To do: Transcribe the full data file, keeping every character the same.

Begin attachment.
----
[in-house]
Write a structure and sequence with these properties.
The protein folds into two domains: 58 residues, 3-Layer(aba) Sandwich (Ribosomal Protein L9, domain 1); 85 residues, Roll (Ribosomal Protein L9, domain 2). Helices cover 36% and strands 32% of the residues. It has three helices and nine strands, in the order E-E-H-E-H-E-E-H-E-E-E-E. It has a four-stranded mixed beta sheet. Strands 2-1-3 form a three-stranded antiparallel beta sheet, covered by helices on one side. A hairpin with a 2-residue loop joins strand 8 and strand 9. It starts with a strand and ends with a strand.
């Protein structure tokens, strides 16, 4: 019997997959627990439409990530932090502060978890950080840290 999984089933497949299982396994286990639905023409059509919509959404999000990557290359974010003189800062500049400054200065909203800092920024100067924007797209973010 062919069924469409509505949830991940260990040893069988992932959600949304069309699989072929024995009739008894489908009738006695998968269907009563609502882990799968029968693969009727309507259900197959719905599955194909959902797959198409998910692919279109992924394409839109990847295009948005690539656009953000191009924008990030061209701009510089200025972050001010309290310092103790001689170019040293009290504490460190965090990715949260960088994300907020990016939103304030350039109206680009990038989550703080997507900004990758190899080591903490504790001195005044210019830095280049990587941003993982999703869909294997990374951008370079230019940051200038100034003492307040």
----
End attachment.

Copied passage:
[in-house]
Write a structure and sequence with these properties.
The protein folds into two domains: 58 residues, 3-Layer(aba) Sandwich (Ribosomal Protein L9, domain 1); 85 residues, Roll (Ribosomal Protein L9, domain 2). Helices cover 36% and strands 32% of the residues. It has three helices and nine strands, in the order E-E-H-E-H-E-E-H-E-E-E-E. It has a four-stranded mixed beta sheet. Strands 2-1-3 form a three-stranded antiparallel beta sheet, covered by helices on one side. A hairpin with a 2-residue loop joins strand 8 and strand 9. It starts with a strand and ends with a strand.
């Protein structure tokens, strides 16, 4: 019997997959627990439409990530932090502060978890950080840290 999984089933497949299982396994286990639905023409059509919509959404999000990557290359974010003189800062500049400054200065909203800092920024100067924007797209973010 062919069924469409509505949830991940260990040893069988992932959600949304069309699989072929024995009739008894489908009738006695998968269907009563609502882990799968029968693969009727309507259900197959719905599955194909959902797959198409998910692919279109992924394409839109990847295009948005690539656009953000191009924008990030061209701009510089200025972050001010309290310092103790001689170019040293009290504490460190965090990715949260960088994300907020990016939103304030350039109206680009990038989550703080997507900004990758190899080591903490504790001195005044210019830095280049990587941003993982999703869909294997990374951008370079230019940051200038100034003492307040």